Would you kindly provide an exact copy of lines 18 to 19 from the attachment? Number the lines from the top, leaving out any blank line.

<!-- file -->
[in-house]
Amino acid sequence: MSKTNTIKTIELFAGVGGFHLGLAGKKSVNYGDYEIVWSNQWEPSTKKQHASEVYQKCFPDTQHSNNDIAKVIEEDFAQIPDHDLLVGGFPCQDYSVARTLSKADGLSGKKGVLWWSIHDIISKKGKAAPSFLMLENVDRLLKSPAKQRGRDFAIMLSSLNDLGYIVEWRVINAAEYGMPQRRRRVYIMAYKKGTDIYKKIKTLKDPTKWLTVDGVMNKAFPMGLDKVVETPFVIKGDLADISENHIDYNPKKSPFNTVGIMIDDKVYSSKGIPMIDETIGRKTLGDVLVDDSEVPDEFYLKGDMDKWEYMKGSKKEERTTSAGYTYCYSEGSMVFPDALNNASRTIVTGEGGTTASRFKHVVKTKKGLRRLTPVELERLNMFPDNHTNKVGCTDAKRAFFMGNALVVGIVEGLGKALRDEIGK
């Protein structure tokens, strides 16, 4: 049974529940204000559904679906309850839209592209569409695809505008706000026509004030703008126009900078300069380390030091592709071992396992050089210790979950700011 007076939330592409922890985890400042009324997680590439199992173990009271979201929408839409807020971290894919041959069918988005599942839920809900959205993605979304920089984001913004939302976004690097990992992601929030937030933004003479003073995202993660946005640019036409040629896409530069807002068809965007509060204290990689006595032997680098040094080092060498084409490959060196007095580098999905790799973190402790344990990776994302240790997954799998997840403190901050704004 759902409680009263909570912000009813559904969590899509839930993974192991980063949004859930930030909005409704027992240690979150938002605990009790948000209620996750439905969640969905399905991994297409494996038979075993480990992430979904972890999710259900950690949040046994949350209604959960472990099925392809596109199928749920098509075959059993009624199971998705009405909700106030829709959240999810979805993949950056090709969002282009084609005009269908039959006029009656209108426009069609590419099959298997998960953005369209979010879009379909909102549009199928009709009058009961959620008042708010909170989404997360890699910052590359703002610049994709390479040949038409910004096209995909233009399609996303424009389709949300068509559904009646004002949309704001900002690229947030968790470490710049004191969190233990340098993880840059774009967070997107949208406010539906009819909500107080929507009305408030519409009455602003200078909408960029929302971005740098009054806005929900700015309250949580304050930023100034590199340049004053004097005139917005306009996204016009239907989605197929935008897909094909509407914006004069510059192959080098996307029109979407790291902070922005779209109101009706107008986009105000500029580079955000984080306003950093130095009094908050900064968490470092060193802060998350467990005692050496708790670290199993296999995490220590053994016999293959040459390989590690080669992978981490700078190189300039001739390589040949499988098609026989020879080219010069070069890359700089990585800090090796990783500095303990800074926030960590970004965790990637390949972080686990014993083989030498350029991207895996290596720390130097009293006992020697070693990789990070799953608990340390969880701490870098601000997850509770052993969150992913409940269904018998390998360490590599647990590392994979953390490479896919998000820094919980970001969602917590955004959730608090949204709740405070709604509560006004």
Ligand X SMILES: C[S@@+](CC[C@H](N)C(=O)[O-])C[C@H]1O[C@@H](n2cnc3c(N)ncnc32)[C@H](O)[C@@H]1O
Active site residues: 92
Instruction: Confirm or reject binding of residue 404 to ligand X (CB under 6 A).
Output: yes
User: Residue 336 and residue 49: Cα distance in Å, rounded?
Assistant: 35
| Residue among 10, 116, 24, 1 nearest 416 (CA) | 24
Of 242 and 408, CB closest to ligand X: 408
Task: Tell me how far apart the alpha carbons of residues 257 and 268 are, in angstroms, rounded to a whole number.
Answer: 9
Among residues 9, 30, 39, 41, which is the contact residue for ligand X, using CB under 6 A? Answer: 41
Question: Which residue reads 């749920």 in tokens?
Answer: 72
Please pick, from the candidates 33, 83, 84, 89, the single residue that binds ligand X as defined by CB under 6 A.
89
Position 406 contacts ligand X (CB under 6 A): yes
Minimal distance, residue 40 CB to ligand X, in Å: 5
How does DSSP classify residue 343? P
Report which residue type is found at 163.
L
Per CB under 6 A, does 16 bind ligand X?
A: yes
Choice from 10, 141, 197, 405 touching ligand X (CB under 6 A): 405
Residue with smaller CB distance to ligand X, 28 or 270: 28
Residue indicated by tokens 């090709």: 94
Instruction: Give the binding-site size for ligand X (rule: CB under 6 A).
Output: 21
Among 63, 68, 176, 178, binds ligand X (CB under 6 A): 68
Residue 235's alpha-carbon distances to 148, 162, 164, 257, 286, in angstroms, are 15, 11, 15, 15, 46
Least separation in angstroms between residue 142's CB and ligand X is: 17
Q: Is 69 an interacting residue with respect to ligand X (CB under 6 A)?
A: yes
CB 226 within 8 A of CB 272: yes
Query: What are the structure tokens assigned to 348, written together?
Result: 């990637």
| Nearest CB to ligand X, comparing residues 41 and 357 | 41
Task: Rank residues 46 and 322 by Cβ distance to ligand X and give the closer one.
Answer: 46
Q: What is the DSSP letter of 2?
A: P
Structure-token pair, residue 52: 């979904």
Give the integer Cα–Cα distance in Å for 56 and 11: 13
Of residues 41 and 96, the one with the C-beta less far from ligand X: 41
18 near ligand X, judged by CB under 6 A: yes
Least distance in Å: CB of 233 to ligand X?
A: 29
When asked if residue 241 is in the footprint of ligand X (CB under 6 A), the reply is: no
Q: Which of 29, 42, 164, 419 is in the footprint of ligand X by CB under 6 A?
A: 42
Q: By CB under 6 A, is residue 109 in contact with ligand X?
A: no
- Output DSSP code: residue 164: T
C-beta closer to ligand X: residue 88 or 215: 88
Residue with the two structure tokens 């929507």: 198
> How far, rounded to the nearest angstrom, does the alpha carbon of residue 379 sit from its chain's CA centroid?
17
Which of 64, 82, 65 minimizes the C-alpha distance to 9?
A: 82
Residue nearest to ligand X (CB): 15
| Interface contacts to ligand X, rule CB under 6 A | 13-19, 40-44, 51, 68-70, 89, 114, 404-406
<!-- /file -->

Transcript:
89
Position 406 contacts ligand X (CB under 6 A): yes